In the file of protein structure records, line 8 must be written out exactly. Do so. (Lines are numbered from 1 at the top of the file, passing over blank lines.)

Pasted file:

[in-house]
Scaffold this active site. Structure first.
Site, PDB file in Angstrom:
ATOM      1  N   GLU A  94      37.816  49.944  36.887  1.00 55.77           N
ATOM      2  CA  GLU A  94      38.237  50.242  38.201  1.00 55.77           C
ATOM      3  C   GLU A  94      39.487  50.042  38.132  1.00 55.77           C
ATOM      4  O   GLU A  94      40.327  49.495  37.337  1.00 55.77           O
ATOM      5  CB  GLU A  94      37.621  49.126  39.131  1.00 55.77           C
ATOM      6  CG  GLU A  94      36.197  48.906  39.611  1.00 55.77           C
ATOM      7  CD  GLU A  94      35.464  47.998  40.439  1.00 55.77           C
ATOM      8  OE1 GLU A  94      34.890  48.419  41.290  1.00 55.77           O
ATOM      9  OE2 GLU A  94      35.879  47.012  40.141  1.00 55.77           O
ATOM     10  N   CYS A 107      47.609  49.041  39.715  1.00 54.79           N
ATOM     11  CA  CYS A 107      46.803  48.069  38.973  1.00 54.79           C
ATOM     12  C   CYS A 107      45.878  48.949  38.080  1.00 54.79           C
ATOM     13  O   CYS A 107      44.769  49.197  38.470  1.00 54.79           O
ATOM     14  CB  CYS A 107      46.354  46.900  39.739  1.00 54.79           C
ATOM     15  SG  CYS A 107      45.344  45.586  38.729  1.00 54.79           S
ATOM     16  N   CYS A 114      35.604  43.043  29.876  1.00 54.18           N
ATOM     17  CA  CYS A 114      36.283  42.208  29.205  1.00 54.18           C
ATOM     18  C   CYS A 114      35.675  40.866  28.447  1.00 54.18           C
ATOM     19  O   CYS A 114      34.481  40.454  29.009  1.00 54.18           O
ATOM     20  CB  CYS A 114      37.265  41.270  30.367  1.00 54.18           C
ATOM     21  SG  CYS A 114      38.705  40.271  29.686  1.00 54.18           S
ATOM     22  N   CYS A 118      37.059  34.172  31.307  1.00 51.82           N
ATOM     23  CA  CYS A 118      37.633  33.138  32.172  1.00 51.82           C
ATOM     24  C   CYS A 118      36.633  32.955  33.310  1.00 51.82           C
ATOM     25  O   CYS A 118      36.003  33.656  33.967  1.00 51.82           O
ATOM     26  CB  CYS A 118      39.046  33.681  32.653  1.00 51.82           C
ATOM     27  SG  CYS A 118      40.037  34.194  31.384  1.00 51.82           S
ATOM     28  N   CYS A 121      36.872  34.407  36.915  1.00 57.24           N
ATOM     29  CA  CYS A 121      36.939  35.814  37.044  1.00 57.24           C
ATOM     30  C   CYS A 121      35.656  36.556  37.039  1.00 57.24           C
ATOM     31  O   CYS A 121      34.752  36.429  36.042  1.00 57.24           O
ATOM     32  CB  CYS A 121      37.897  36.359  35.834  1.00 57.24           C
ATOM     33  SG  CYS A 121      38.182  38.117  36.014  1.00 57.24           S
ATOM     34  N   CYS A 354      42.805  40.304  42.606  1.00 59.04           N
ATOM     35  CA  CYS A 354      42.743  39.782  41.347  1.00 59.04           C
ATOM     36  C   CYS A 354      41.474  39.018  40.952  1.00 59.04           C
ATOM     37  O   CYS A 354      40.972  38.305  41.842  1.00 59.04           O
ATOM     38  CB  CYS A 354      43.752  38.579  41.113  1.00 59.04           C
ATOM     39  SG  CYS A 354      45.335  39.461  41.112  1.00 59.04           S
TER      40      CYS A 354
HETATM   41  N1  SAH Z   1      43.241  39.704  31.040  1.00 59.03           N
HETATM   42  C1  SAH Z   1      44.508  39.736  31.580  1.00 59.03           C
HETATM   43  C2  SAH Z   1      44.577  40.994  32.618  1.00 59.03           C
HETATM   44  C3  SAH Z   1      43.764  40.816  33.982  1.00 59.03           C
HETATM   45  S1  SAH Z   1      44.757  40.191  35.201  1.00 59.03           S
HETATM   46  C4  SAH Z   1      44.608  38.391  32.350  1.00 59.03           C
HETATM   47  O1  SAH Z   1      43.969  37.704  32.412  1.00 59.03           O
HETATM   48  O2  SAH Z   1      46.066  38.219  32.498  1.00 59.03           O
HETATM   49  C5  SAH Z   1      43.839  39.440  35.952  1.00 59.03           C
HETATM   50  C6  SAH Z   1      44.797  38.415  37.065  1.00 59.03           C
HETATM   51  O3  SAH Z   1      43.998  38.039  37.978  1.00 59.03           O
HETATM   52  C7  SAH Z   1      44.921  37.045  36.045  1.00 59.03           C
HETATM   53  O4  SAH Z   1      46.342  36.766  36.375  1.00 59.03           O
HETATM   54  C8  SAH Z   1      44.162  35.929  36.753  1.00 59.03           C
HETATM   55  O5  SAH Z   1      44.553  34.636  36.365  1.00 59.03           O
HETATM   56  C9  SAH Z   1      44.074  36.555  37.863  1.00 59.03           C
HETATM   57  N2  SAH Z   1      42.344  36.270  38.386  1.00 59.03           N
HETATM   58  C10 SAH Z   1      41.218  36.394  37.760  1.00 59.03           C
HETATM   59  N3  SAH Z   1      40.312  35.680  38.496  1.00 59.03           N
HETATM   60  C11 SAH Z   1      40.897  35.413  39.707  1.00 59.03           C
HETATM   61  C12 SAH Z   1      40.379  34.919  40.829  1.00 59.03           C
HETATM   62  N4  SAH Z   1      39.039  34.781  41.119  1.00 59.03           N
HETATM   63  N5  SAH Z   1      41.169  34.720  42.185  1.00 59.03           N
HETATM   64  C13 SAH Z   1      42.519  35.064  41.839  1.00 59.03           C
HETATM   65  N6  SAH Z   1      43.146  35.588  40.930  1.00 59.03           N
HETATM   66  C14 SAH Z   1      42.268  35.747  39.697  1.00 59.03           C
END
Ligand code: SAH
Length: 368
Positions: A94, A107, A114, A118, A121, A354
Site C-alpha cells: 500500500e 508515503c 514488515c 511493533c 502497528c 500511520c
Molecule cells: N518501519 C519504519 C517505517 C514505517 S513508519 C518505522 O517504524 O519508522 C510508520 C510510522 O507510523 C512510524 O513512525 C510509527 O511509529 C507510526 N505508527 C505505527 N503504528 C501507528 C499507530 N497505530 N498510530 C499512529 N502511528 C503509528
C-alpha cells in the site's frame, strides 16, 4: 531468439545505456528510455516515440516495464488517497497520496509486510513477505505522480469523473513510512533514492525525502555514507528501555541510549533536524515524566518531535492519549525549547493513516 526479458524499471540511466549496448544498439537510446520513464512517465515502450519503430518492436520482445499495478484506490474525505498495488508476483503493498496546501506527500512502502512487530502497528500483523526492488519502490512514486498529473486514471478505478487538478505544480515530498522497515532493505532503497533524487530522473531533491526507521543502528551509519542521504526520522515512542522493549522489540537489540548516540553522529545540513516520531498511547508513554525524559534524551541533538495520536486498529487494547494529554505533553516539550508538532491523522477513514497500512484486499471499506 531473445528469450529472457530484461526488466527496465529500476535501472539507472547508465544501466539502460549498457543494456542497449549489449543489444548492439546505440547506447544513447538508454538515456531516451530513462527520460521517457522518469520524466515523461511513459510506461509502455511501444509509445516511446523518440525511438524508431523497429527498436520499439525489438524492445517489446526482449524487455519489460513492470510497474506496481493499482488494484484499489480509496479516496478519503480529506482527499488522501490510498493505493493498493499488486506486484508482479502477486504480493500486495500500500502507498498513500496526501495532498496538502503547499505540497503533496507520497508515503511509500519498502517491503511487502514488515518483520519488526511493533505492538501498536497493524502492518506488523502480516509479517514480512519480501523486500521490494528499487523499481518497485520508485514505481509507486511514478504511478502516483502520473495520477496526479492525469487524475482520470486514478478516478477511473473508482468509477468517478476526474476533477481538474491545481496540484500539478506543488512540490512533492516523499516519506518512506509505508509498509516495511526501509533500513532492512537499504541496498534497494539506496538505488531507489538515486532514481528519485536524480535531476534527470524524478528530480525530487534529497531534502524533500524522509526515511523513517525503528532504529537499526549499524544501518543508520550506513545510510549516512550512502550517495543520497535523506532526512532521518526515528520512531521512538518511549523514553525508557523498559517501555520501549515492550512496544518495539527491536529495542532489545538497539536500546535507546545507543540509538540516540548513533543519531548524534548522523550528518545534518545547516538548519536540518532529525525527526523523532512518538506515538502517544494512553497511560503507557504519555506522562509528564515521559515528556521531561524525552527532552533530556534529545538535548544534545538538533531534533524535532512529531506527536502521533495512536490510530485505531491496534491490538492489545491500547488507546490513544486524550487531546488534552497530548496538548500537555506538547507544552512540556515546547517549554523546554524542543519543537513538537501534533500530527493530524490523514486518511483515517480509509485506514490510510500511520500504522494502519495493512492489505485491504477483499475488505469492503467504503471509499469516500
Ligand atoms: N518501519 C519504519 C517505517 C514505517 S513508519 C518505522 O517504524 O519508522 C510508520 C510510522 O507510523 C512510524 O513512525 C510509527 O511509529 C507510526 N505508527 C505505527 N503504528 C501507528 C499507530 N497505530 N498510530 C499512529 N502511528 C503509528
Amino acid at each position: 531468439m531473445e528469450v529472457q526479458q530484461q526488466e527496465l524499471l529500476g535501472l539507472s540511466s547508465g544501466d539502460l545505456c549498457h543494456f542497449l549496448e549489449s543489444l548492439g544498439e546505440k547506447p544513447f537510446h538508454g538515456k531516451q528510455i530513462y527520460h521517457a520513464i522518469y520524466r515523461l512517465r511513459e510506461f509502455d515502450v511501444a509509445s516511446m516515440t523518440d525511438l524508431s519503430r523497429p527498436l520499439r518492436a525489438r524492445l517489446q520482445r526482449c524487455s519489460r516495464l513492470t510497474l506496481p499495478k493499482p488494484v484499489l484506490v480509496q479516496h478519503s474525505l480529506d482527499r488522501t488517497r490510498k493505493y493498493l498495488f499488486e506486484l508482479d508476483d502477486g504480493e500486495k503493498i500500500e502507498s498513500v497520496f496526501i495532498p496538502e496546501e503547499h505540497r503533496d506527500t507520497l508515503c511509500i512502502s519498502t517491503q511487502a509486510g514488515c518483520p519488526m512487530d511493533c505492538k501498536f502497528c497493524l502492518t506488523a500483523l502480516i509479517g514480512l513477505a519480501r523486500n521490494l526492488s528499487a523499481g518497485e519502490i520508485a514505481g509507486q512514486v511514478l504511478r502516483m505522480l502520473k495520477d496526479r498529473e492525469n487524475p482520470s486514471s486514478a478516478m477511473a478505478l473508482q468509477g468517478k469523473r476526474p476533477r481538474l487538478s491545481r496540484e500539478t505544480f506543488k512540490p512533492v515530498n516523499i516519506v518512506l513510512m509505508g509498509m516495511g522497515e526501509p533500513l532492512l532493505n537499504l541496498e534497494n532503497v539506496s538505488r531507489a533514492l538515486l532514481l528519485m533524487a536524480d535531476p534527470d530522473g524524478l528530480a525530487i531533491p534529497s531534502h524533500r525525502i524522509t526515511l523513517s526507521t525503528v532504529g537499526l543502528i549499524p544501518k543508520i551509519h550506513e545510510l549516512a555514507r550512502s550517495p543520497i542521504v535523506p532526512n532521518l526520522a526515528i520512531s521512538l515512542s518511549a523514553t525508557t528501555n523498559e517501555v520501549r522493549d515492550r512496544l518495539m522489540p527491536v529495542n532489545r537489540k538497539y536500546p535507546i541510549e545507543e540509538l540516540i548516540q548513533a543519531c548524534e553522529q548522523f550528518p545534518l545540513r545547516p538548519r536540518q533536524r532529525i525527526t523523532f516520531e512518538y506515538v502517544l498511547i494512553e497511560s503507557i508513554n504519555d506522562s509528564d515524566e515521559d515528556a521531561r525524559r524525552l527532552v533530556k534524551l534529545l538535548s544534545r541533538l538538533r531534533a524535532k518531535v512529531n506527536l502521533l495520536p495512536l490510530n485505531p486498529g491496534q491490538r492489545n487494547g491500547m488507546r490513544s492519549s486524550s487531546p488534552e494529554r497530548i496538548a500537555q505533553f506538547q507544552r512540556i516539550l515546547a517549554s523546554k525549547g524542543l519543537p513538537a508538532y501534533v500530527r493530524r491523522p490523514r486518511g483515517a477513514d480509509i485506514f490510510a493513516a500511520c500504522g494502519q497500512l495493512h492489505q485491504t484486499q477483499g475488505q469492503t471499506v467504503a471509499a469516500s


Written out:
ATOM      5  CB  GLU A  94      37.621  49.126  39.131  1.00 55.77           C